Regarding works similar to this study, there were few investigations into similar conditions. Table 1 describes some of the studies found.
The authors of [31] empirically studied public attitudes about income tax in times of COVID. The results suggested that income is associated with the perception that taxes for the rich are inappropriately high but was not related to perceptions of the adequacy of taxes for the average and poor groups of respondents. Higher satisfaction with state policies was associated with a desire to raise taxes on the wealthy and lower taxes on low-income groups. In addition, preferences for solidarity were associated with higher overall preferred taxation and higher tax progressivity. These findings were projected as an opportunity for improvement through new mechanisms to contribute to sustainable endogenous economic development.
In another study, Ref. [32] investigated the relationship of a favorable tax environment for small businesses with the aim of analyzing the design of simplified tax schemes for small businesses in Georgia, Ukraine, Russia, and Albania, focusing on the expectations of the microentrepreneur and the tax administration. The rapid growth of the small business segment in the countries analyzed was highlighted; they are considered to be “difficult to tax” taxpayers for the tax administration, with Serbia exemplifying a country that has a simplified regime for small businesses as well as for individual entrepreneurs. They opted for a 2% tax on gross income when businesses have 50 or fewer employees, turnover is less than 8000 average gross monthly salaries, and an average value of assets is less than 6000 gross monthly salaries. Another country that has a similar tax is Azerbaijan, calculating the tax at 2% of the gross turnover only when the turnover is less than 300 times the minimum wage. The author pointed out that the problem of tax systems is that the design is the same for legal entities and natural persons. Finally, there are complaints from small business owners about these systems because only one tax is replaced, and they must continue to deal with a large number of taxes and requirements, therefore qualifying the tax system as complicated and cumbersome.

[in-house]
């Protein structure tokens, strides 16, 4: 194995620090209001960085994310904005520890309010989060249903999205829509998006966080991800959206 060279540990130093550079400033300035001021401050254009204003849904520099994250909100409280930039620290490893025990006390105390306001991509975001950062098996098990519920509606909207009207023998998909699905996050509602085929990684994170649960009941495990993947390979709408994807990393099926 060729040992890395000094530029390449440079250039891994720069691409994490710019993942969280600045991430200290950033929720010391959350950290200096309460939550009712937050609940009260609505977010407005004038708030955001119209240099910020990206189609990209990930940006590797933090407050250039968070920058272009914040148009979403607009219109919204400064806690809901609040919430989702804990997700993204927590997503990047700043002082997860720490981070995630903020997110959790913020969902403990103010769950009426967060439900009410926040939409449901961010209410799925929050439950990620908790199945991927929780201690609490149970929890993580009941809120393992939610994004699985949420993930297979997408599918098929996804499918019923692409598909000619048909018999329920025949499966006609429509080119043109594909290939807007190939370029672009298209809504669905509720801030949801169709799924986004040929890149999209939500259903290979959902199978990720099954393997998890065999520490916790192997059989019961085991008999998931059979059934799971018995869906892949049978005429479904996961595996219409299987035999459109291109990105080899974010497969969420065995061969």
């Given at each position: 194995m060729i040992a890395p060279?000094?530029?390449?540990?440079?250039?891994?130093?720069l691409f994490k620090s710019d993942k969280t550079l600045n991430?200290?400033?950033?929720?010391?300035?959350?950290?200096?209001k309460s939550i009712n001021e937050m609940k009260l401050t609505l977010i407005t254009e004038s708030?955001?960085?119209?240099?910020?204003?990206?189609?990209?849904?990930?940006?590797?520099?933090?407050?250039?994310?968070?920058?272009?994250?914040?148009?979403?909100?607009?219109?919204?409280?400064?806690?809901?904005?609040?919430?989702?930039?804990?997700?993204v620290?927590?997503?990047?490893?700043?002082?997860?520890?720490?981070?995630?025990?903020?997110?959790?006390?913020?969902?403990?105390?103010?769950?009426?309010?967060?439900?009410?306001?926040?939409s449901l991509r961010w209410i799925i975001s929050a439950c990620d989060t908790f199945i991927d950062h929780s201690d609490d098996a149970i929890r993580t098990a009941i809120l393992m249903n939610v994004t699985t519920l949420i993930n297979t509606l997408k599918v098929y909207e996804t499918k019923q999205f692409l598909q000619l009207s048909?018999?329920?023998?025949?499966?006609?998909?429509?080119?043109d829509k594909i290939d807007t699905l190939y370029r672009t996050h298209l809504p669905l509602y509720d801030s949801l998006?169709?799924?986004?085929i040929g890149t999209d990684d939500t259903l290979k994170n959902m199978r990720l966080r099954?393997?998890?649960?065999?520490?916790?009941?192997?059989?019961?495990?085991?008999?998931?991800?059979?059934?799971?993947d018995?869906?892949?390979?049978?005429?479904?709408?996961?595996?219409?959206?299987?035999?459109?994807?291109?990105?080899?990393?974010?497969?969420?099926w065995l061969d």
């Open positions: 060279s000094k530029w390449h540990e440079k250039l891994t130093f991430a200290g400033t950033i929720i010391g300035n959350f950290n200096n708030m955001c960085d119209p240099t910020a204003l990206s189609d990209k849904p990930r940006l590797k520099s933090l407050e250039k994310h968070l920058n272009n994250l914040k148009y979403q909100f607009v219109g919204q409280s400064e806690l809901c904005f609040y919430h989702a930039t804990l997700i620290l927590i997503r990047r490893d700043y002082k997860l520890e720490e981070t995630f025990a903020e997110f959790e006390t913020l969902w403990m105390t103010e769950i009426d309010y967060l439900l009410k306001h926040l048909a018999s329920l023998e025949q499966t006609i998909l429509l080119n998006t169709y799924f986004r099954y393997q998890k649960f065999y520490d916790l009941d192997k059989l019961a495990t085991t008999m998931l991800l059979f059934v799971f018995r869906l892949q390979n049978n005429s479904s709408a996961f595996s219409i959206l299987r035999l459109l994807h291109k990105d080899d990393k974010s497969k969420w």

Similarly, the study conducted by [33] analyzed the survival of the simplified tax regime in Brazil and the longevity of Brazilian manufacturing companies, focusing on the survival of two groups: those who opted for and against this optional regime. The research was carried out on 3187 manufacturing companies using the econometric tools of propensity score comparison and survival analysis, and the breakdown by level of intensity. In the end, the study concluded that the establishments that adopted the regime showed faster growth compared to those that did not adopt it. In addition, the application of regression allowed us to identify that the establishments that adopted the regimen have a 30% lower probability of mortality than those that did not adopt it, even when the effects of size, average salary, and average duration of the labor relationship are controlled.
The authors of [13] presented the risk allocation of the tax burden to measure the tax burden outliers. Using a time-varying nonparametric benchmark and path model, this paper measured the fiscal risk allocation of 3552 small and microenterprises in the credit insurance fund from January 2016 to August 2018. The results showed that these outliers have trends of linear drive and nonlinear drive of vibration, and there is some interaction between the two. Along the path of credit and taxation, the excess tax drive mode will change, and it is difficult to wait for the return to normal. In addition, the results provided support for the decision to reduce the tax burden and promote the growth of small and microenterprises.